#6 – Interview the experts

Following on from the above point, if you can build relationships with key influencers, you may be able to interview them as part of your content.  That way you can tap in to their audience in a big to increase your own.  Everyone benefits from increased exposure, and your audience will enjoy seeing something different and having an alternative perspective.

 

#7 – Guest blog

Guest blogging on other sites is a great way to further expand your own audience and reach.  Showing that you’re not the only one who values your opinion, but being invited to share content on someone else’s platform is a further example of social proof, and will definitely do you and your brand no harm.

 

 

Remember, Time Saving Heroes offer a wide variety of content writing services as well as social media management. We’re happy to have a chat and give you tips on what you can do to improve your offering for your audience, so pick up the phone and give us a call on 0161 883 2024.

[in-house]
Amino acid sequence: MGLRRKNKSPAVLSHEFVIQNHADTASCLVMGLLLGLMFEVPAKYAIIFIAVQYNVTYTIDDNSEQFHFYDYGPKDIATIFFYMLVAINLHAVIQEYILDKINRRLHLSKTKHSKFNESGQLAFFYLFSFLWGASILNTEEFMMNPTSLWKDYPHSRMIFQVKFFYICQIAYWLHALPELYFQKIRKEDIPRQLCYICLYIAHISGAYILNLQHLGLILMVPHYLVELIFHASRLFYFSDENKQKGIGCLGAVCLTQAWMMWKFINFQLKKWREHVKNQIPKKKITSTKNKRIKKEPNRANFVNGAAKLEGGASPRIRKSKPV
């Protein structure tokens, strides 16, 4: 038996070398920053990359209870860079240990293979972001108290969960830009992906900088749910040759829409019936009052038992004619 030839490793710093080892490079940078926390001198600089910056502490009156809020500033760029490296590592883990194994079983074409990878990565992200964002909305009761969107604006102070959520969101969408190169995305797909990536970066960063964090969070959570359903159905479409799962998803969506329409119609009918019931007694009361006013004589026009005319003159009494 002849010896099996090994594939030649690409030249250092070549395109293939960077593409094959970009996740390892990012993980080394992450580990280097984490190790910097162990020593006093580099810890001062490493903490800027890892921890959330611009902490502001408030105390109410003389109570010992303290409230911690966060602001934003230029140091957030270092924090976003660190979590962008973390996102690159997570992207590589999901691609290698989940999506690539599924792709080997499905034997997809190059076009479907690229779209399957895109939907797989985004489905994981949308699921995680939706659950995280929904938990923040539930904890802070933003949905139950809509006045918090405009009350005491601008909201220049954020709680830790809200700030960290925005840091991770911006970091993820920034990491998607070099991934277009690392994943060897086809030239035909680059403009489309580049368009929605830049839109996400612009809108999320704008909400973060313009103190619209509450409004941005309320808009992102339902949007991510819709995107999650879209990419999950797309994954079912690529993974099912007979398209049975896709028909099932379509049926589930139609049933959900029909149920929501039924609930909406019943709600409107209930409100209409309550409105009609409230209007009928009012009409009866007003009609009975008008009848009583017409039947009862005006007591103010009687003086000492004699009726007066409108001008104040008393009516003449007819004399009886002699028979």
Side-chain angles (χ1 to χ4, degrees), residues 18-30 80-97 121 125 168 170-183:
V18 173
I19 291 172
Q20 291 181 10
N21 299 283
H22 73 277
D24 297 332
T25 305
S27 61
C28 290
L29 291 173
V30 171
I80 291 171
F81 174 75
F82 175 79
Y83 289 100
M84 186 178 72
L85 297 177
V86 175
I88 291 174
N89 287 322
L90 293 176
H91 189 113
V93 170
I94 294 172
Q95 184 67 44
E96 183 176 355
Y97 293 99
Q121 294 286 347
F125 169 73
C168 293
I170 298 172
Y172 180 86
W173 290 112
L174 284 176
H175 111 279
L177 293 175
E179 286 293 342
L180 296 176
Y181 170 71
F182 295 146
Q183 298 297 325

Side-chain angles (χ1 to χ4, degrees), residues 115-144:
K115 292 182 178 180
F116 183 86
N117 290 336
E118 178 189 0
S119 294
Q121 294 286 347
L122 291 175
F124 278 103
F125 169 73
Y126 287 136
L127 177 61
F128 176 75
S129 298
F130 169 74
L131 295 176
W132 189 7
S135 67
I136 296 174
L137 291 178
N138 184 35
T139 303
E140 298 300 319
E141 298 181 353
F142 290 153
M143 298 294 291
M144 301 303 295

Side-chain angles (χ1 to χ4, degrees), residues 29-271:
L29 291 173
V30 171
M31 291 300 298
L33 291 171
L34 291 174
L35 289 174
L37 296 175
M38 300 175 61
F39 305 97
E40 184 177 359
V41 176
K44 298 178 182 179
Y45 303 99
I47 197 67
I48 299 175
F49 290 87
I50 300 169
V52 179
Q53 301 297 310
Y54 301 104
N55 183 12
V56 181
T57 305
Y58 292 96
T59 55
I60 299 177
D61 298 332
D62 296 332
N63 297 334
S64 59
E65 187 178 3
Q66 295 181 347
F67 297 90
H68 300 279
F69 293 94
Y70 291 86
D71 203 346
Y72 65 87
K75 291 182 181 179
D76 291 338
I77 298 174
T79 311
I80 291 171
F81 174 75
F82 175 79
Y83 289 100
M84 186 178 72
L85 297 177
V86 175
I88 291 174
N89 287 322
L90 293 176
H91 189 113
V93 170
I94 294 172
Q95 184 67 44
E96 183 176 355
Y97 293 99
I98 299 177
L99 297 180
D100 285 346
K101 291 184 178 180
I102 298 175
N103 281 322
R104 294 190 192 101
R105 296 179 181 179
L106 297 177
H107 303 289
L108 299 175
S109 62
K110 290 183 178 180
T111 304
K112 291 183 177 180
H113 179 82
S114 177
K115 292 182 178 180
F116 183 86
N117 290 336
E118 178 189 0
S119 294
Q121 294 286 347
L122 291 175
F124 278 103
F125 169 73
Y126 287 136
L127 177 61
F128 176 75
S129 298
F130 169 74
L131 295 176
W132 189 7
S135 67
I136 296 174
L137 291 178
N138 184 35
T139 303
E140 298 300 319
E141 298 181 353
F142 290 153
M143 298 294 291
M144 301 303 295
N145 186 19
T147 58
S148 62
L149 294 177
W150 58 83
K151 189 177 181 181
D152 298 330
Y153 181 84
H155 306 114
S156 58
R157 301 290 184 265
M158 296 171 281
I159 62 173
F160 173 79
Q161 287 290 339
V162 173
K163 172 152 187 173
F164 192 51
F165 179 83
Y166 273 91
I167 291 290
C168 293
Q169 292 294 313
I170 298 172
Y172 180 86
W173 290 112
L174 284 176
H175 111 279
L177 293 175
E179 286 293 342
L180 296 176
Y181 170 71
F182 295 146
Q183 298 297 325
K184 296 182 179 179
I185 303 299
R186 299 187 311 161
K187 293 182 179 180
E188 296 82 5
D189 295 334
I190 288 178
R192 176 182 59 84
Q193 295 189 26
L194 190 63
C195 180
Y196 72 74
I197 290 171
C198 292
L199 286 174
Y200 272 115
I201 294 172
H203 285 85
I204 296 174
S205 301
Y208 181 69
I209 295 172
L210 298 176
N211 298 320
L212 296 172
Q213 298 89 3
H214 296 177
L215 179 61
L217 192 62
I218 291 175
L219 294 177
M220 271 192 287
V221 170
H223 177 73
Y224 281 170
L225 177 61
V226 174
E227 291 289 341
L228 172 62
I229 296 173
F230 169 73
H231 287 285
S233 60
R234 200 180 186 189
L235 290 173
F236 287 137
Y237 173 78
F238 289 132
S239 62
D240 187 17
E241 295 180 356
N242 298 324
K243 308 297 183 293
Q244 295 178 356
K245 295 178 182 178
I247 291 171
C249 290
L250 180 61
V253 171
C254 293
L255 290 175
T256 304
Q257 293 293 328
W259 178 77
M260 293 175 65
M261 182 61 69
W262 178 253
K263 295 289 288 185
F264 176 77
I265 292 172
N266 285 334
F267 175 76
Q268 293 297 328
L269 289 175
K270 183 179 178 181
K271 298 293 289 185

Top 10 tips for Twitter content

A lot of our clients are brilliant on social media. In fact, some of them are killing it on Facebook. However, when it comes to Twitter, they tend not to do as well.  There’s something about that strict character limit, the inability to write longwinded paragraphs of explanation that put a lot of people off.

Whilst we get asked it of every platform, people seem particularly concerned by what they should be posting on Twitter.

So here are our top 10 tips for what you can share via your business Twitter page:

#1 – Your products

It goes without saying, we’d think, that you should be advertising your products on Twitter.  You can maximise exposure by using hashtags to link to relevant industries, or audiences you want to target.

Always try to use photos where you can to make a better impression and reach more people.

#2 – Motivational quotes

It’s not everyone’s cup of tea, so don’t take this as a given, but depending what you do, motivational and inspirational quotes can be great to share.  This is especially true if you work in a holistic, well-being, or coaching type of industry.

#3 – Company achievements

Entered a competition, won an award, just been given a new contract?  If something amazing has happened in the office, then talk about it and share it via Twitter.  Again, use photos where possible.

#4 – Industry news

Share things that are happening in your industry.  It’s a great way to showcase the fact that you have your finger on the pulse.

#5 – Share your opinion